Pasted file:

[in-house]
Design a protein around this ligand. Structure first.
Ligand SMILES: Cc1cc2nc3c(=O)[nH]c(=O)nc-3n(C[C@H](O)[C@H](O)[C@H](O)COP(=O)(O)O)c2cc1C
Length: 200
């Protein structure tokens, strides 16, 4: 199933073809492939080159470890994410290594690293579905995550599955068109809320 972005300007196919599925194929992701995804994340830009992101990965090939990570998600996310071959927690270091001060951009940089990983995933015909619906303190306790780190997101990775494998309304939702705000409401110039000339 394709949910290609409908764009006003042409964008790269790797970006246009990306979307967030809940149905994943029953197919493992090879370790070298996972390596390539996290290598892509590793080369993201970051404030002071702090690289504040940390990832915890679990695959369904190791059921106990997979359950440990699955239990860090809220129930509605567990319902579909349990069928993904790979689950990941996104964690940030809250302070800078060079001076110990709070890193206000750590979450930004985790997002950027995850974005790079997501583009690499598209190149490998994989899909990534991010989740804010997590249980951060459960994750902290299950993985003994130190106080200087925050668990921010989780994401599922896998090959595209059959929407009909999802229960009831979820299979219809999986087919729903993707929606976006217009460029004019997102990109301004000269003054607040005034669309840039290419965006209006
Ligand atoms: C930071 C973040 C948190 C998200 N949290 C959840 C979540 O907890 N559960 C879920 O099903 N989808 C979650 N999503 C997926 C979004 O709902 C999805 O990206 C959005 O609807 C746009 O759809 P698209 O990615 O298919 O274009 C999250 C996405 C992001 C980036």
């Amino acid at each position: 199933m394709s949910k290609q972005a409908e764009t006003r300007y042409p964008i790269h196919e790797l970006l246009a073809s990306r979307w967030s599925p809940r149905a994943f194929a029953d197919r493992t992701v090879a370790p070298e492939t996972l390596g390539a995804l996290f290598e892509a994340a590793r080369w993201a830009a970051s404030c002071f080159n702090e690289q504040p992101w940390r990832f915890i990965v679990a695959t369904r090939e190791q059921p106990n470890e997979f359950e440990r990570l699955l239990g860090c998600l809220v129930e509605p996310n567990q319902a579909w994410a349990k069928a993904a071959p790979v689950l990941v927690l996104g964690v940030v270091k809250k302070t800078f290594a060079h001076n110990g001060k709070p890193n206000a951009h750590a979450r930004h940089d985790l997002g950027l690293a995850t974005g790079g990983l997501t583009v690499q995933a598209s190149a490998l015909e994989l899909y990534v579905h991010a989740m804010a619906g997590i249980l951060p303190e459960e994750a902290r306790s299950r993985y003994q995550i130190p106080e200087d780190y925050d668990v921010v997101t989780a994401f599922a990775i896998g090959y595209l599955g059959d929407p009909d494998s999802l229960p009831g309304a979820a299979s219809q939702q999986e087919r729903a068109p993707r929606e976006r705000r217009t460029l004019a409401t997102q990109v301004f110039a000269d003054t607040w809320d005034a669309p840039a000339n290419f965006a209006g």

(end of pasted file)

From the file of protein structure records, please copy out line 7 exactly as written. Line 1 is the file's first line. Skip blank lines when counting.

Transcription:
């Amino acid at each position: 199933m394709s949910k290609q972005a409908e764009t006003r300007y042409p964008i790269h196919e790797l970006l246009a073809s990306r979307w967030s599925p809940r149905a994943f194929a029953d197919r493992t992701v090879a370790p070298e492939t996972l390596g390539a995804l996290f290598e892509a994340a590793r080369w993201a830009a970051s404030c002071f080159n702090e690289q504040p992101w940390r990832f915890i990965v679990a695959t369904r090939e190791q059921p106990n470890e997979f359950e440990r990570l699955l239990g860090c998600l809220v129930e509605p996310n567990q319902a579909w994410a349990k069928a993904a071959p790979v689950l990941v927690l996104g964690v940030v270091k809250k302070t800078f290594a060079h001076n110990g001060k709070p890193n206000a951009h750590a979450r930004h940089d985790l997002g950027l690293a995850t974005g790079g990983l997501t583009v690499q995933a598209s190149a490998l015909e994989l899909y990534v579905h991010a989740m804010a619906g997590i249980l951060p303190e459960e994750a902290r306790s299950r993985y003994q995550i130190p106080e200087d780190y925050d668990v921010v997101t989780a994401f599922a990775i896998g090959y595209l599955g059959d929407p009909d494998s999802l229960p009831g309304a979820a299979s219809q939702q999986e087919r729903a068109p993707r929606e976006r705000r217009t460029l004019a409401t997102q990109v301004f110039a000269d003054t607040w809320d005034a669309p840039a000339n290419f965006a209006g």